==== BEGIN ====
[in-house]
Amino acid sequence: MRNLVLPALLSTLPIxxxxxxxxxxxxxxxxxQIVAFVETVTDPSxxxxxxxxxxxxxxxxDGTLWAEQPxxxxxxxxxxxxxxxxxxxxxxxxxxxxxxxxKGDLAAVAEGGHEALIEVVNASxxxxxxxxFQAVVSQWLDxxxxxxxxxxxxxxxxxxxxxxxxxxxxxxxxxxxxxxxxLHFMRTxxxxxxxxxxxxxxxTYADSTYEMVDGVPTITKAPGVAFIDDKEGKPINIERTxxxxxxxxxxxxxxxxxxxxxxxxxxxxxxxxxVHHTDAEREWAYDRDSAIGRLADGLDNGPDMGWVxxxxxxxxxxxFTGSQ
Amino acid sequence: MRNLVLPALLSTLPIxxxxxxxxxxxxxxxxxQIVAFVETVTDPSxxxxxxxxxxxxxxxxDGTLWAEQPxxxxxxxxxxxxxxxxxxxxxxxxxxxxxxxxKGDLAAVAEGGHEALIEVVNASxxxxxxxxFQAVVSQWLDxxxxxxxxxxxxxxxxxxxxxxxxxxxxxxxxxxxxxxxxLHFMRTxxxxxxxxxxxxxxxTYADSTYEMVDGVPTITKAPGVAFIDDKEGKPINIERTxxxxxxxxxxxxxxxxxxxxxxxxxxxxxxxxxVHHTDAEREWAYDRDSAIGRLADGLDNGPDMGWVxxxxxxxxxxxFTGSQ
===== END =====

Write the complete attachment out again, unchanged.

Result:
[in-house]
Amino acid sequence: MRNLVLPALLSTLPIxxxxxxxxxxxxxxxxxQIVAFVETVTDPSxxxxxxxxxxxxxxxxDGTLWAEQPxxxxxxxxxxxxxxxxxxxxxxxxxxxxxxxxKGDLAAVAEGGHEALIEVVNASxxxxxxxxFQAVVSQWLDxxxxxxxxxxxxxxxxxxxxxxxxxxxxxxxxxxxxxxxxLHFMRTxxxxxxxxxxxxxxxTYADSTYEMVDGVPTITKAPGVAFIDDKEGKPINIERTxxxxxxxxxxxxxxxxxxxxxxxxxxxxxxxxxVHHTDAEREWAYDRDSAIGRLADGLDNGPDMGWVxxxxxxxxxxxFTGSQ
Amino acid sequence: MRNLVLPALLSTLPIxxxxxxxxxxxxxxxxxQIVAFVETVTDPSxxxxxxxxxxxxxxxxDGTLWAEQPxxxxxxxxxxxxxxxxxxxxxxxxxxxxxxxxKGDLAAVAEGGHEALIEVVNASxxxxxxxxFQAVVSQWLDxxxxxxxxxxxxxxxxxxxxxxxxxxxxxxxxxxxxxxxxLHFMRTxxxxxxxxxxxxxxxTYADSTYEMVDGVPTITKAPGVAFIDDKEGKPINIERTxxxxxxxxxxxxxxxxxxxxxxxxxxxxxxxxxVHHTDAEREWAYDRDSAIGRLADGLDNGPDMGWVxxxxxxxxxxxFTGSQ